Progressives scored a victory in Vermont in April when Republican Governor James Douglas signed a bill requiring labeling and registration of all genetically modified seeds sold in the state. This makes Vermont the first state to legislate regulation of genetically modified organisms (GMOs), requiring manufacturers to clearly mark store shelves and report sales of the seeds to state authorities.
Many farmers and activists in Vermont hope the bill, considered a small but important first step, will pave the way toward more stringent regulation of GMOs in the United States. “The biotech industry has a stranglehold on legislatures around the country, and I think it’s remarkable that we got this done,” said State Representative David Zuckerman. A member of the state’s small but influential ProgressiveParty Caucus, Zuckerman has spent more than six years promoting this legislation.
The Progressive Party had help from the state’s many organic farmers.About 20 percent of Vermont’s farmland is devoted to organic production, a higher percentage than any other state, making it the most likely place to sign this groundbreaking legislation into law.Close to one-third of all towns in the tiny state had passed non-binding referendums asking for some type of GMO regulation.
Vermont citizens made more than 1,000 calls to their legislators urging them to pass this bill, according to Zuckerman — more than twice as many calls as a “hot” issue usually generates.
“Is it a coincidence that Vermont has the strongest Progressive Party in the country as well as being the first state to pass a GM labeling law? I don’t think so,” said Chris Pearson, the party’s director.Pearson said Progressives are unique in their ability to reach out to grassroots organizations and both Democratic and Republican parties.
The bill eventually passed through Vermont’s House with a 125-10 vote.The usual rules of conduct for taking a roll call vote in the House were reversed to give Zuckerman the first vote as a testament to his hard work.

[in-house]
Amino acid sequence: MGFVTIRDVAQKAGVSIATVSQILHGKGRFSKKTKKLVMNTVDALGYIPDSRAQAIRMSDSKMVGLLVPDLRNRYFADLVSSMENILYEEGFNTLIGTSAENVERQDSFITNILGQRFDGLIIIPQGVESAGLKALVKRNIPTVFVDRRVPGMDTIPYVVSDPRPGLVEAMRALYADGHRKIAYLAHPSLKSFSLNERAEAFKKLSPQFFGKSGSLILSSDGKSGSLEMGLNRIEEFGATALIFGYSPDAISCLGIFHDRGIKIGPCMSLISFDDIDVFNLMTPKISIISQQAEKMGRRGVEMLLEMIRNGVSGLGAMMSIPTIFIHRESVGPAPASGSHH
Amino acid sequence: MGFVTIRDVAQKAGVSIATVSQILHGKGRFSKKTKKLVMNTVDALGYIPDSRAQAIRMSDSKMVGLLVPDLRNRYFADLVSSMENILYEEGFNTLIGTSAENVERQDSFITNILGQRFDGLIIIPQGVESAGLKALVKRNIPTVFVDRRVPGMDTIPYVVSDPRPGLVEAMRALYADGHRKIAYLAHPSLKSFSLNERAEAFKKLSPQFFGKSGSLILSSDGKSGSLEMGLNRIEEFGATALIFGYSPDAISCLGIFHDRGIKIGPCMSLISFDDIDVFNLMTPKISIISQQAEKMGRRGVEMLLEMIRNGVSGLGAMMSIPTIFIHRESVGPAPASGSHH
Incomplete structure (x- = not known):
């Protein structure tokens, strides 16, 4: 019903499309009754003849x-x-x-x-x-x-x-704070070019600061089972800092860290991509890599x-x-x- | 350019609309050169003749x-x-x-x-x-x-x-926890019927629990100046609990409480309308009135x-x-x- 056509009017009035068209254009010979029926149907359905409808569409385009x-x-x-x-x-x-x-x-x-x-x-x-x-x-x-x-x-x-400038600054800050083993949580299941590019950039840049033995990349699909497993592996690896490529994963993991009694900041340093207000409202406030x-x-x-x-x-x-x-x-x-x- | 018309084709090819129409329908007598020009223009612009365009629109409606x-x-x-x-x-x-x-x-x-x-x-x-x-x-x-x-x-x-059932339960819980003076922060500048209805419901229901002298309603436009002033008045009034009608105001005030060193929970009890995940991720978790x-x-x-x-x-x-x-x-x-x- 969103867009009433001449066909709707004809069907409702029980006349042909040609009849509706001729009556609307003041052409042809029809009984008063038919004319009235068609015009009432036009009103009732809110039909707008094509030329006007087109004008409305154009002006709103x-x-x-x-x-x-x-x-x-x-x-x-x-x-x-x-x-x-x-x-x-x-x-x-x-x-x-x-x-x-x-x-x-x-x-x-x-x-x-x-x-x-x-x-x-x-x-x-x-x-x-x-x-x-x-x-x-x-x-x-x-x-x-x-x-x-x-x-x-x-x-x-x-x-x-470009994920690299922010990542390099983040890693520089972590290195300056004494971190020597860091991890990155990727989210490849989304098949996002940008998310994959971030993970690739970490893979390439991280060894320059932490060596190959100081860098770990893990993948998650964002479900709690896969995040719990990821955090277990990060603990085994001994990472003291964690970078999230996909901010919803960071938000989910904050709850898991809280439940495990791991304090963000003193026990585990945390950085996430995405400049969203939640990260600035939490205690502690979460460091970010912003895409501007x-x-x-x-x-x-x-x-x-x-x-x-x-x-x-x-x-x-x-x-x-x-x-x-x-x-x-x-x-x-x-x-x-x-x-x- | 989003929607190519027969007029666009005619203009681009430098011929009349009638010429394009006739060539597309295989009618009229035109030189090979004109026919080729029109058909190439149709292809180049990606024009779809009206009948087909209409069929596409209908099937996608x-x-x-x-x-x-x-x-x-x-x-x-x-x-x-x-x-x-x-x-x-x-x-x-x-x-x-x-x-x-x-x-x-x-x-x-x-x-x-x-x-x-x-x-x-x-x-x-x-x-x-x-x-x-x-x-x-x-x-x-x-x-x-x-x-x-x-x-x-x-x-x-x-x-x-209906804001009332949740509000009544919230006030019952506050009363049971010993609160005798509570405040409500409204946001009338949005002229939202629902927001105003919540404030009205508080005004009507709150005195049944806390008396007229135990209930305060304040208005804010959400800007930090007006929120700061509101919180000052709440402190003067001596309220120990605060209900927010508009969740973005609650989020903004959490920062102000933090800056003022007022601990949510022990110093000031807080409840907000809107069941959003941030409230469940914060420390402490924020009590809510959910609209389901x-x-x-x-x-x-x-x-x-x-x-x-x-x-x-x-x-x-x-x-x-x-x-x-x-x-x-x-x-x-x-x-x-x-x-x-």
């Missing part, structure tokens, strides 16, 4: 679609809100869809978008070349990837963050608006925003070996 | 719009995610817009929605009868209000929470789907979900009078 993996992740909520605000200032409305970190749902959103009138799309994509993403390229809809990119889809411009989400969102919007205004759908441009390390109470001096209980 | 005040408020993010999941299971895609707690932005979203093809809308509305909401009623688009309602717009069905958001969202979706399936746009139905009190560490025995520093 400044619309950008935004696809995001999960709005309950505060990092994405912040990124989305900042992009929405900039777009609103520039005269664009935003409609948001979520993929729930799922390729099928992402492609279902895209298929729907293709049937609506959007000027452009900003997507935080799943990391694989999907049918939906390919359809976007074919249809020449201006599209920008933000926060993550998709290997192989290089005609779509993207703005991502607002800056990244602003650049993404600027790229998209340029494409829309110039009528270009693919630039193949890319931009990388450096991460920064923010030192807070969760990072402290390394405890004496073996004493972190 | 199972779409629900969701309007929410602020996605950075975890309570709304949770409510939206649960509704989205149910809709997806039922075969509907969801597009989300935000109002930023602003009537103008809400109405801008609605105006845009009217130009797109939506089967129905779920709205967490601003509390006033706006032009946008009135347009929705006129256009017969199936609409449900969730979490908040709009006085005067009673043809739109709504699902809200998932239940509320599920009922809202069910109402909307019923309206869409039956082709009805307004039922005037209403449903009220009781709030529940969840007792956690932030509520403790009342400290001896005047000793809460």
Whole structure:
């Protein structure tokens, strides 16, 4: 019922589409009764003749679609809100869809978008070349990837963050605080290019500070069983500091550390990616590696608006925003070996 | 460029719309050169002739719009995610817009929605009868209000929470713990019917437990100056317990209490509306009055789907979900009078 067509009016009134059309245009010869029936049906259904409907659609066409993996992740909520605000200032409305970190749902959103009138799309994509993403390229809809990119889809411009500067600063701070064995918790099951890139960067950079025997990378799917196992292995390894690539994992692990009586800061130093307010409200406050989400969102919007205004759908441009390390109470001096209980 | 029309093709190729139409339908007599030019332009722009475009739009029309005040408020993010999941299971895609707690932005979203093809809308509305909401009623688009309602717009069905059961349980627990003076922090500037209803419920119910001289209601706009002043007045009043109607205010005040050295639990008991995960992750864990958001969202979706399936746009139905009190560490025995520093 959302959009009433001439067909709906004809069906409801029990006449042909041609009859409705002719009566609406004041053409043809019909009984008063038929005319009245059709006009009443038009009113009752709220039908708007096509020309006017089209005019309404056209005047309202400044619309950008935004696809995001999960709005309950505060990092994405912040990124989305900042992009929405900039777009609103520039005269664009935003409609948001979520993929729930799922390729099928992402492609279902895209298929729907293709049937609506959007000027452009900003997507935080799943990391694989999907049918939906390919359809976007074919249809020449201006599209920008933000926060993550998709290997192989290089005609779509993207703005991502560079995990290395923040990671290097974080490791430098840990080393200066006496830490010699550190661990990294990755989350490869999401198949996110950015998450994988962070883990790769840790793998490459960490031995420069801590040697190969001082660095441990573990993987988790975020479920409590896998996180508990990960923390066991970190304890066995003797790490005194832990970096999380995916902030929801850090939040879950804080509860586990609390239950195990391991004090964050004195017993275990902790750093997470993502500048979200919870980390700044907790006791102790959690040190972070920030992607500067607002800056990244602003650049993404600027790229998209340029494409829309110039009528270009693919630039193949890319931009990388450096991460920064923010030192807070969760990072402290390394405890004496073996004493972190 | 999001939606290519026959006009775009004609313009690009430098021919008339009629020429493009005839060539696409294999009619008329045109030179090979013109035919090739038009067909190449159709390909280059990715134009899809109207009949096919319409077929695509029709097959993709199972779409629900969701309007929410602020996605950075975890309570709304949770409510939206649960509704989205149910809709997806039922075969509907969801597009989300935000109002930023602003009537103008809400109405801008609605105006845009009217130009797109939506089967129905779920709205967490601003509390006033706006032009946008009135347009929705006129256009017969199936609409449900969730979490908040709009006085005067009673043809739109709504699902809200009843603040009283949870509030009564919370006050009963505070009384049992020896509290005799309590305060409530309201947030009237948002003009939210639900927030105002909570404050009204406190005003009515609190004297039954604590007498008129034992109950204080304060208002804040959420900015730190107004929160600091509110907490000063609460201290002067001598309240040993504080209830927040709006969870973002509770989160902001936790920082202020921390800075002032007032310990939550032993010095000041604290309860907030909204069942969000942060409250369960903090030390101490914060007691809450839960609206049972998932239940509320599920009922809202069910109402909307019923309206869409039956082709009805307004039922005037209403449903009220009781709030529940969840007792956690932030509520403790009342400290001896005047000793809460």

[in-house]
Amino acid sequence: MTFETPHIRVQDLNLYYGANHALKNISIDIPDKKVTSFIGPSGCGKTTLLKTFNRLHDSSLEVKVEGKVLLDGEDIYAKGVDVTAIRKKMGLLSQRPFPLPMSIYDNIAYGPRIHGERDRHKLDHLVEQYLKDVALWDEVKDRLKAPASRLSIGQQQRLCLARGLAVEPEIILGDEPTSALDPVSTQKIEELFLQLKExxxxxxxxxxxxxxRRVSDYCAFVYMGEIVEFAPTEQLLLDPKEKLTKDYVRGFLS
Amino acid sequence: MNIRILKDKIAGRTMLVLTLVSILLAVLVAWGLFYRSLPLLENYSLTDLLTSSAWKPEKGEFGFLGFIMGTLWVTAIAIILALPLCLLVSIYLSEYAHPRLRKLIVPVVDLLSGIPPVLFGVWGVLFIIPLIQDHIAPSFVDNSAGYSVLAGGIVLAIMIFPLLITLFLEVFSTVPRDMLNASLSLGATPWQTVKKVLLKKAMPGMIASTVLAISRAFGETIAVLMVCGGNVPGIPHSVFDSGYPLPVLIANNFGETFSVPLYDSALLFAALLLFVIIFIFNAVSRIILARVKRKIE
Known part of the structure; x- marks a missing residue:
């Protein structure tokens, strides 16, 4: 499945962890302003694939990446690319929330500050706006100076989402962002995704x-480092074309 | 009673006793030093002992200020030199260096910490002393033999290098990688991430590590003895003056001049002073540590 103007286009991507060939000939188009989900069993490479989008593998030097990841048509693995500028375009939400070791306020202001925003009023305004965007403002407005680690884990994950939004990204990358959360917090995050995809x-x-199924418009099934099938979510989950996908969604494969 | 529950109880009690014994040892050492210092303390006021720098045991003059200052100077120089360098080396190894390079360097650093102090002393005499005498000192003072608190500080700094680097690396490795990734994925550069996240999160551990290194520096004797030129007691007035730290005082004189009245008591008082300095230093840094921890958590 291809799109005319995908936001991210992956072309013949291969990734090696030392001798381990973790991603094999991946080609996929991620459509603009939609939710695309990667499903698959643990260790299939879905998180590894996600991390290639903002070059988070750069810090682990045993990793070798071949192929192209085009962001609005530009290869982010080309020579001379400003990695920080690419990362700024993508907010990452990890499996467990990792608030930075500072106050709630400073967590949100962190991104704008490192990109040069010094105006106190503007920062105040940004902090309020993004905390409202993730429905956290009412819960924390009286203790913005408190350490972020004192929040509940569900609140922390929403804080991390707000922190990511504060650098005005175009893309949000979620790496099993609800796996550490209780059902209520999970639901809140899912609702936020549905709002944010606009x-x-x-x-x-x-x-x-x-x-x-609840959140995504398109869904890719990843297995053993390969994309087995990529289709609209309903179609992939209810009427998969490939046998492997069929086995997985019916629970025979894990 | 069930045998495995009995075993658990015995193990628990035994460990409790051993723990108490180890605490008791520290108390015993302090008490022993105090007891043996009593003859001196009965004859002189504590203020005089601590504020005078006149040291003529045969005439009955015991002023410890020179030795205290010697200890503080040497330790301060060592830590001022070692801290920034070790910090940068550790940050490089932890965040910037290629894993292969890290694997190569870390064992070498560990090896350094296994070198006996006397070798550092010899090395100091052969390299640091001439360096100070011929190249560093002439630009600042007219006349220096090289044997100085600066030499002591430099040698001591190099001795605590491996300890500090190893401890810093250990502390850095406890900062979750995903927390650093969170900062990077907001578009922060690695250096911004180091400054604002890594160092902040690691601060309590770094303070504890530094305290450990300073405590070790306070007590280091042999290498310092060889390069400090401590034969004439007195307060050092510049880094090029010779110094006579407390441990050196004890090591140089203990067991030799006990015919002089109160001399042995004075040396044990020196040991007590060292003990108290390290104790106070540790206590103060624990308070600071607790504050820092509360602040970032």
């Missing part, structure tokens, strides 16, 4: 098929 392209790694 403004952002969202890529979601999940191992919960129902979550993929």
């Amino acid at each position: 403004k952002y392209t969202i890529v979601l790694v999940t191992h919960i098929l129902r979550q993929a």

Zuckerman said, “This is both a small step and a huge step because in this country, no state has passed a law like this.”
The Vermont victory flies in the face of federal policies. The federal government has fought to keep genetically modified products unregulated since they hit the market in 1994. The U.S. Food and Drug Administration considers genetically modified foods equivalent to unmodified foods. The Bush administration claims that calls for “right-to-know” labeling and other federal regulation could add costs to GMO production, impeding innovation and theoretically robbing the world of a chance to feed its hungry.
The United States also aggressively defends GMOs worldwide. In the same month that Vermont passed its GMO regulation, the United States filed papers with the World Trade Organization (WTO) demanding $1.8 billion in compensation from the European Union (EU) for loss of exports over the last six years. The EU imposed a moratorium on GMOs in 1998, asking for time to determine the safety of GM food. The United States is arguing it did so with no scientific evidence and in defiance of WTO free-trade laws.
If the United States wins this suit, it would have disastrous effects on the anti-GMO movement worldwide. Any country refusing GM products would face trade sanctions. In the United States, this could create an even more hostile environment for those favoring GMO regulation.
But, for now, countries can still refuse GMO products from the United States, and U.S. activists are using this to score anti-GMO victories. Monsanto just announced it would not release its latest GM crop, Roundup Ready wheat, because the market is not ready. Conventional farmers in Minnesota, the Dakotas and Montana said they would refuse the GM wheat, fearing the loss of a lucrative trade partner, Japan. The country has said it will not import wheat from the United States at all if U.S. growers start planting the potentially contaminating Roundup Ready wheat.
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